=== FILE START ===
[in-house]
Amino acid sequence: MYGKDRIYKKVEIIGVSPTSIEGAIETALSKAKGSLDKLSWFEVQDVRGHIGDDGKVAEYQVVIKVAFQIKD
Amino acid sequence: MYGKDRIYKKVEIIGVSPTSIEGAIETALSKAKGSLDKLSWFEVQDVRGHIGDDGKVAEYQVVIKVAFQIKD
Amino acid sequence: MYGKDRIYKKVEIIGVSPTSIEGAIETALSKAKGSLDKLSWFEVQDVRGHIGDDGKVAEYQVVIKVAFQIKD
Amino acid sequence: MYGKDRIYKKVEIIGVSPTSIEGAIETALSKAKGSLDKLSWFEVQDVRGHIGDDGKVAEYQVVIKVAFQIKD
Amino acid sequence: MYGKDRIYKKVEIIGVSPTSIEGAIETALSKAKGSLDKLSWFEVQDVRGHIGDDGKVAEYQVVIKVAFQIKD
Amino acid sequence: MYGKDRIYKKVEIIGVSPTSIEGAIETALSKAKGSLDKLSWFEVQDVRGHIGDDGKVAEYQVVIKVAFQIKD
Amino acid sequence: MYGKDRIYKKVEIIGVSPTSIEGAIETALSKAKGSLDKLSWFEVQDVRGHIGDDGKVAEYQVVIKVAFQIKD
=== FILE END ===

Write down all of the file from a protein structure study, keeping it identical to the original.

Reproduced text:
[in-house]
Amino acid sequence: MYGKDRIYKKVEIIGVSPTSIEGAIETALSKAKGSLDKLSWFEVQDVRGHIGDDGKVAEYQVVIKVAFQIKD
Amino acid sequence: MYGKDRIYKKVEIIGVSPTSIEGAIETALSKAKGSLDKLSWFEVQDVRGHIGDDGKVAEYQVVIKVAFQIKD
Amino acid sequence: MYGKDRIYKKVEIIGVSPTSIEGAIETALSKAKGSLDKLSWFEVQDVRGHIGDDGKVAEYQVVIKVAFQIKD
Amino acid sequence: MYGKDRIYKKVEIIGVSPTSIEGAIETALSKAKGSLDKLSWFEVQDVRGHIGDDGKVAEYQVVIKVAFQIKD
Amino acid sequence: MYGKDRIYKKVEIIGVSPTSIEGAIETALSKAKGSLDKLSWFEVQDVRGHIGDDGKVAEYQVVIKVAFQIKD
Amino acid sequence: MYGKDRIYKKVEIIGVSPTSIEGAIETALSKAKGSLDKLSWFEVQDVRGHIGDDGKVAEYQVVIKVAFQIKD
Amino acid sequence: MYGKDRIYKKVEIIGVSPTSIEGAIETALSKAKGSLDKLSWFEVQDVRGHIGDDGKVAEYQVVIKVAFQIKD